If this world prevails, some of my publisher friends will run screaming into the street tearing their hair (though few of them have much of that). They want to re-assert the primacy of the Web, because they want to continue to control the customer in every way that they can. Already threatened by Apple, Amazon and Kobo, and only partly disarmed by the hope that Google Editions may prove an ally after all, many publishers see loss of control of the delivered appearance of their products as an ultimate separation from end users. They would want to have editionizing software that ran with the product, allowing you to see it differently according to the device you are using, but, within your licence, always able to ensure that what you were looking at was optimized to the device you were using to read it on. In this way the publisher of origin would be able to charge for the added value of multiple device usage as well as keep control of the licences conferred on end users.

This may not be an enduring problem, since the network will one day resolve it as an access condition. But in the meanwhile there are choices. And as it happens, we have what citizens here call a “bake-off” between the two opposing camps. In the red corner on my right, please meet Flipboard Pages (http://flipboard.com), who will take any page of published media you encounter on Twitter or Facebook, and reconfigure it to read properly on your access device. This is an App, and this is the beginnings of a workflow solution.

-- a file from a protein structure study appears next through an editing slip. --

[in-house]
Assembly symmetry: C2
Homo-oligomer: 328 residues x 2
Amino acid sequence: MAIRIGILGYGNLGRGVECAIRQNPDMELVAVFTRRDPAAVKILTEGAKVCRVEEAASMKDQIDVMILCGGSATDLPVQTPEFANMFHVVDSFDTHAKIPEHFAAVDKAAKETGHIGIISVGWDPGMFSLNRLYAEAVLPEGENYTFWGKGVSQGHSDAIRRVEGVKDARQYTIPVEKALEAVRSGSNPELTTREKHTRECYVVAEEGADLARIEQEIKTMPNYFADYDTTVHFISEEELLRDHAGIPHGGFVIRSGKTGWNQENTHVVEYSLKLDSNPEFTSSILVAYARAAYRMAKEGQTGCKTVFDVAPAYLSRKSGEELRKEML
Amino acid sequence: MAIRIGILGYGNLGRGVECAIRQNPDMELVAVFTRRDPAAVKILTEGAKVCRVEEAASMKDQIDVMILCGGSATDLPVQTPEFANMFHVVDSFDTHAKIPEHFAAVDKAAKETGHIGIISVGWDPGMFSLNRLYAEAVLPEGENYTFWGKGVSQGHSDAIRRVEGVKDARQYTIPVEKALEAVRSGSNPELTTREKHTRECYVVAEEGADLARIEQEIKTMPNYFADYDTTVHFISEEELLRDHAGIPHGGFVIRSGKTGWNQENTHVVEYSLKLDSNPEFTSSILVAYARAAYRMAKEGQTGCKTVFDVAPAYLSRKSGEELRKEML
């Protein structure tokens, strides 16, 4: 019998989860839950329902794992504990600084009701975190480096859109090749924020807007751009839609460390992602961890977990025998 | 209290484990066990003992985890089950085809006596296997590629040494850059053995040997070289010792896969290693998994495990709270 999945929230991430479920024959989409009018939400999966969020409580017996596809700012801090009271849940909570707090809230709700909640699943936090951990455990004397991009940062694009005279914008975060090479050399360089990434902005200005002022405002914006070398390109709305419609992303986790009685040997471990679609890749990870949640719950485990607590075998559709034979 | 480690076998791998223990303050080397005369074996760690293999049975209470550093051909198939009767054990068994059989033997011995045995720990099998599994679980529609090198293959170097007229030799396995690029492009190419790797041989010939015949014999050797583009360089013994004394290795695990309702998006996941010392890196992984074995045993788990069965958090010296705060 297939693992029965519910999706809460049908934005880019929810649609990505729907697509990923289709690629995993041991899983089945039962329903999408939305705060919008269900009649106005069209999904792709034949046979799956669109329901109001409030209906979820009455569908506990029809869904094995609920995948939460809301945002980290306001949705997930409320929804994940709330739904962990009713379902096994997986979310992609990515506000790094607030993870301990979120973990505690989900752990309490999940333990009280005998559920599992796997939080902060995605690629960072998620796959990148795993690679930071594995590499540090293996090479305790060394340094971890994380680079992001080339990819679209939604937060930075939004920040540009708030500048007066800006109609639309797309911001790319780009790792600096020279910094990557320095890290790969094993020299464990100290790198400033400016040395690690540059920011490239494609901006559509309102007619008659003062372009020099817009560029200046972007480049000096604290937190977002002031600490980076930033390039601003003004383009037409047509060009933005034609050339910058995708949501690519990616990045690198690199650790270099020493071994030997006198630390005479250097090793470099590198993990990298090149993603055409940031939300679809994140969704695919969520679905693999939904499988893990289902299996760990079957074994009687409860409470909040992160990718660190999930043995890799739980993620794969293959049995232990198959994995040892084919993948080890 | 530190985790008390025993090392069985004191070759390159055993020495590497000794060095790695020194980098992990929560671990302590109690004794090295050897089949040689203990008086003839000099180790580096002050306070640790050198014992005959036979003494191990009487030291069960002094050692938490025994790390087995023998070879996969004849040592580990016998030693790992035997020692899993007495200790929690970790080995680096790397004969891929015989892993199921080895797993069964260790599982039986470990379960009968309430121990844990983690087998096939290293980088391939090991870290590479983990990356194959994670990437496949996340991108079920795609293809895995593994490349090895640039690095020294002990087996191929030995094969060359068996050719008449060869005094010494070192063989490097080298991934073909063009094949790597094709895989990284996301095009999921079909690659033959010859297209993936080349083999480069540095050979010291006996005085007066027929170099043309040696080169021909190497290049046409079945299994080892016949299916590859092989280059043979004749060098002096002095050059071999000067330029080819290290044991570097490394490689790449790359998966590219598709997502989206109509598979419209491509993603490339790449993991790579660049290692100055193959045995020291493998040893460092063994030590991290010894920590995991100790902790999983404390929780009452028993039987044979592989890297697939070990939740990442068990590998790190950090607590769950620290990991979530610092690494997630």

And in the Blue corner, on my left, meet newly launched TreeSaver (http://treesaver.net), a JavaScript solution for the publishing community to allow multiple device viewing of the same content in very different device contexts. It adjusts automatically to the context, and the portfolio of exemplars on its website work very impressively. This is the Web solution and represents the ways in which the content creation community will try to fight back. Add this, publishers will say, and it will justify higher prices for subscription or one-off products. Buy from us, the intermediaries will say, and you can have Grandson of Flipboard as standard on all our products and services.

As I say, this may not last forever, but, in every field of content, the next 24 months will see decisive battles on the business models of content marketplaces. Do Apple et al get to restructure the business or not? And if not, do the originating agencies retain control of the appearance as part of the battle to retain a direct connection with the consumer? What did not appear to be real issues six months ago are now front and centre. How can you keep your hair when all around you are losing their heads. And is this issue the Dog that Didn’t Bark in the Night?